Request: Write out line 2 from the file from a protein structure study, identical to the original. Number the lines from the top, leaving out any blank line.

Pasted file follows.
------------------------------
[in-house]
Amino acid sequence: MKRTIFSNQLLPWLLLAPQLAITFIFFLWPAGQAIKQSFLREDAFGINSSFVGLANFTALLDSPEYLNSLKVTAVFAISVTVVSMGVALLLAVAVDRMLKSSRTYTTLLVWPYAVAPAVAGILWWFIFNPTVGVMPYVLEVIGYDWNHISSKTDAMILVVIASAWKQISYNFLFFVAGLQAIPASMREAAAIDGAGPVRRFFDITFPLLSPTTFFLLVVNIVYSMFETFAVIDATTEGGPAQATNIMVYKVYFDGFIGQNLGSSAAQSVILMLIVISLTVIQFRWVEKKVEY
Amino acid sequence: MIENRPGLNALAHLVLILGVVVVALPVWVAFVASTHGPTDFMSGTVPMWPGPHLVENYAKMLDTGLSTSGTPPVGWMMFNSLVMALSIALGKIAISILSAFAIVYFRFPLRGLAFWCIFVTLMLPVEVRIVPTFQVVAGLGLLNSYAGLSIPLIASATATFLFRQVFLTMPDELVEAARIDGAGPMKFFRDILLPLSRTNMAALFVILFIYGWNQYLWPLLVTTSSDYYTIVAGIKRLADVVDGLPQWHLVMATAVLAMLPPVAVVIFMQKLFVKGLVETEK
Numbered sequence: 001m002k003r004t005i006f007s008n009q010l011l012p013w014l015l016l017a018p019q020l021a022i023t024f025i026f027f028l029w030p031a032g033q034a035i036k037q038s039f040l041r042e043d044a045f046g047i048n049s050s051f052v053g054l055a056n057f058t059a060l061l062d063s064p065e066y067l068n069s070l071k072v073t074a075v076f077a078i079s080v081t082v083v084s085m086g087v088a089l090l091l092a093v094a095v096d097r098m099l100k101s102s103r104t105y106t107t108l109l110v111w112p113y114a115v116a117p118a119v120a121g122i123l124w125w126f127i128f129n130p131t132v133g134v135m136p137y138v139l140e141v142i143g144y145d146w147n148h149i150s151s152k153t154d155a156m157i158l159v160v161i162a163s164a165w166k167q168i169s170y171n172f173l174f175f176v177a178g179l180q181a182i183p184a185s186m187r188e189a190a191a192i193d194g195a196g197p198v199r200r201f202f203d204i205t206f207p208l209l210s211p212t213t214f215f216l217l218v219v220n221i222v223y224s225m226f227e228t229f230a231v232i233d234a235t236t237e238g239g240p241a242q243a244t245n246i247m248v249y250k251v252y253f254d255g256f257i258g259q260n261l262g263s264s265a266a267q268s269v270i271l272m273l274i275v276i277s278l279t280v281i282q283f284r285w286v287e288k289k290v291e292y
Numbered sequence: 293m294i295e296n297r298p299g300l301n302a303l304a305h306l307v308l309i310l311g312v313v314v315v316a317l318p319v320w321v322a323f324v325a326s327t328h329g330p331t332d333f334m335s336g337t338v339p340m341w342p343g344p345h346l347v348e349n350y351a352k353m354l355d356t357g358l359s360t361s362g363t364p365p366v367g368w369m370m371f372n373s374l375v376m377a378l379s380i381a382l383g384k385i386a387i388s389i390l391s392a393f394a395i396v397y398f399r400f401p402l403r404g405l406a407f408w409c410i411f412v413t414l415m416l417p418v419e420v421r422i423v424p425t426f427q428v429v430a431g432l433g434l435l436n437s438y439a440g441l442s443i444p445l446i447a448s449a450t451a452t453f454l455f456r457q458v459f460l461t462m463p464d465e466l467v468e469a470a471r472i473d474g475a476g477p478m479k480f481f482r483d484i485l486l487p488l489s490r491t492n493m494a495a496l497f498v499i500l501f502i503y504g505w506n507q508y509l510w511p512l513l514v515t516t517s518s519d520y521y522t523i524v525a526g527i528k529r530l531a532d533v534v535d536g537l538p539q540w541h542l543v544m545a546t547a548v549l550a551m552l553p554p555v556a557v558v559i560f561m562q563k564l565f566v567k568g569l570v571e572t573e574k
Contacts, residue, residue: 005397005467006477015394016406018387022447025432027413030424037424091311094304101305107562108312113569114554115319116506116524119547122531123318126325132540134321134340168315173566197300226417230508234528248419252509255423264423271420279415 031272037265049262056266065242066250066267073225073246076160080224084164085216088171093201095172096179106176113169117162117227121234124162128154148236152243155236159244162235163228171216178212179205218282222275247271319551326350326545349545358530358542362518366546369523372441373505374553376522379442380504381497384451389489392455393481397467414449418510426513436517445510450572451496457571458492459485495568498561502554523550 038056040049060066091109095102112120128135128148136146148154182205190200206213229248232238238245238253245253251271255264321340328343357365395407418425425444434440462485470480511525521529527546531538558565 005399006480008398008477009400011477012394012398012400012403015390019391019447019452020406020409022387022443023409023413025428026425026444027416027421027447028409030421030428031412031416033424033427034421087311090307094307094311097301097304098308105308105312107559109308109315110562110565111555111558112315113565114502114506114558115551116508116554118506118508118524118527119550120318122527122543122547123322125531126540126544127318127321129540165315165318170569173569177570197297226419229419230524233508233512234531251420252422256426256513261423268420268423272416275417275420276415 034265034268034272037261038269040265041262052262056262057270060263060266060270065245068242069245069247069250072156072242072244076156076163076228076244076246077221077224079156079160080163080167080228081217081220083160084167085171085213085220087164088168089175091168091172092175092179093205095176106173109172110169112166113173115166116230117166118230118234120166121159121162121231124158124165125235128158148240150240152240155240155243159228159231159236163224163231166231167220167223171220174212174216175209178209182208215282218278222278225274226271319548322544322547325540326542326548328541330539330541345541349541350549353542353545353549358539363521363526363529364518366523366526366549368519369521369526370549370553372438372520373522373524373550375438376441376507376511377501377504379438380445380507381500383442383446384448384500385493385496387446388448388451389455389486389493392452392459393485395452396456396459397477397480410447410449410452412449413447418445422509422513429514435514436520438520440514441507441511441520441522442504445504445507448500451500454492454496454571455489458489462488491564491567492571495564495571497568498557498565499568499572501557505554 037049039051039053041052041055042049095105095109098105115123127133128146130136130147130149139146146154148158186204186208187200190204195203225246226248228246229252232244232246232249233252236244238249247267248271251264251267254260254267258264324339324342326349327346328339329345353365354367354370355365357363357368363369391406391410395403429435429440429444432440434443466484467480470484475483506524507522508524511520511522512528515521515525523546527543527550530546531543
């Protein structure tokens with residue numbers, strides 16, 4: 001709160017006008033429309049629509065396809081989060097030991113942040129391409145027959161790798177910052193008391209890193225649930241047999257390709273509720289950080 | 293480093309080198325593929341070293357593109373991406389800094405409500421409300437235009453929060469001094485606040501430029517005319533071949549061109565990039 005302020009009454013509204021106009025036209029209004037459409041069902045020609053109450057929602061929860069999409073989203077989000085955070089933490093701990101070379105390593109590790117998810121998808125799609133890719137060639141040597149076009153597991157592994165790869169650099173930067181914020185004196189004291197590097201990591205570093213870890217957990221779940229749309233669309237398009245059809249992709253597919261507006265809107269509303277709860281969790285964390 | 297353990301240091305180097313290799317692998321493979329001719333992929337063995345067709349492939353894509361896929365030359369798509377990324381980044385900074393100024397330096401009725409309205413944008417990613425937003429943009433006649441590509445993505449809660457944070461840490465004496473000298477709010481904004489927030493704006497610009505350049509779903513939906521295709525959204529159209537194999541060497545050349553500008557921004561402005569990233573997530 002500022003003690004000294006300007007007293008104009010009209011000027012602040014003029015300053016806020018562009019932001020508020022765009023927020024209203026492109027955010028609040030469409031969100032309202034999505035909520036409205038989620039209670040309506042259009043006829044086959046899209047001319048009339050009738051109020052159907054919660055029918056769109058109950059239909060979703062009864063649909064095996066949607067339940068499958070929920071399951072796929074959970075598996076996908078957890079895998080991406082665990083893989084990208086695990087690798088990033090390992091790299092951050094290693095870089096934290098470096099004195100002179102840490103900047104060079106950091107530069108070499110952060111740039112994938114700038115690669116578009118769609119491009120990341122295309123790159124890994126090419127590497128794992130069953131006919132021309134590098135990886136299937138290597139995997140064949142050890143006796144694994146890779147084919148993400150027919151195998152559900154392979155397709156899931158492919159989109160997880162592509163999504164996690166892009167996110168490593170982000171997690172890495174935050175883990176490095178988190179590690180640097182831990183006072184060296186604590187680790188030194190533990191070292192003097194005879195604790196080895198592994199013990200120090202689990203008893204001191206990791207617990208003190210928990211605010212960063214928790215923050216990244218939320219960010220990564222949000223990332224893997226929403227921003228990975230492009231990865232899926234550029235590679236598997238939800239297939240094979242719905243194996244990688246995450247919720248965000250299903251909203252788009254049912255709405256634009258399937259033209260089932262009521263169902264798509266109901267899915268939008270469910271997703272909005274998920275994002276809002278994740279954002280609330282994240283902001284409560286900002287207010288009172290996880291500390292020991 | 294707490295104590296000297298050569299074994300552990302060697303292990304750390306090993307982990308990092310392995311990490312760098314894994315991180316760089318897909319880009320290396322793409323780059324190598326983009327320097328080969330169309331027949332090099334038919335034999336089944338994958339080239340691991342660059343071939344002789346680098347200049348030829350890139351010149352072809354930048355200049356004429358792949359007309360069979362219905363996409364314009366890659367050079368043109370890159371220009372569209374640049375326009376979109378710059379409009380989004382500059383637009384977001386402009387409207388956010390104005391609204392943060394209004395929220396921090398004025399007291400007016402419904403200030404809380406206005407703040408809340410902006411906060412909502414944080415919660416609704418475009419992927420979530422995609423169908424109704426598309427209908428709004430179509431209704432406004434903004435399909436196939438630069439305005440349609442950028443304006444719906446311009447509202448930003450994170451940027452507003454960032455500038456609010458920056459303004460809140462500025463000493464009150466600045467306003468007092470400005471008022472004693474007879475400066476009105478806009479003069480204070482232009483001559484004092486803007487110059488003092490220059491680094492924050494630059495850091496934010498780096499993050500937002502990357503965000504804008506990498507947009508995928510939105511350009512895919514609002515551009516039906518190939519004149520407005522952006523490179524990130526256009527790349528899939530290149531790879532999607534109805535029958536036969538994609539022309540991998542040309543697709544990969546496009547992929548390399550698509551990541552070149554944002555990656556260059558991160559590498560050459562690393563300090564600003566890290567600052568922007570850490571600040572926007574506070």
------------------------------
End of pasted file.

Amino acid sequence: MKRTIFSNQLLPWLLLAPQLAITFIFFLWPAGQAIKQSFLREDAFGINSSFVGLANFTALLDSPEYLNSLKVTAVFAISVTVVSMGVALLLAVAVDRMLKSSRTYTTLLVWPYAVAPAVAGILWWFIFNPTVGVMPYVLEVIGYDWNHISSKTDAMILVVIASAWKQISYNFLFFVAGLQAIPASMREAAAIDGAGPVRRFFDITFPLLSPTTFFLLVVNIVYSMFETFAVIDATTEGGPAQATNIMVYKVYFDGFIGQNLGSSAAQSVILMLIVISLTVIQFRWVEKKVEY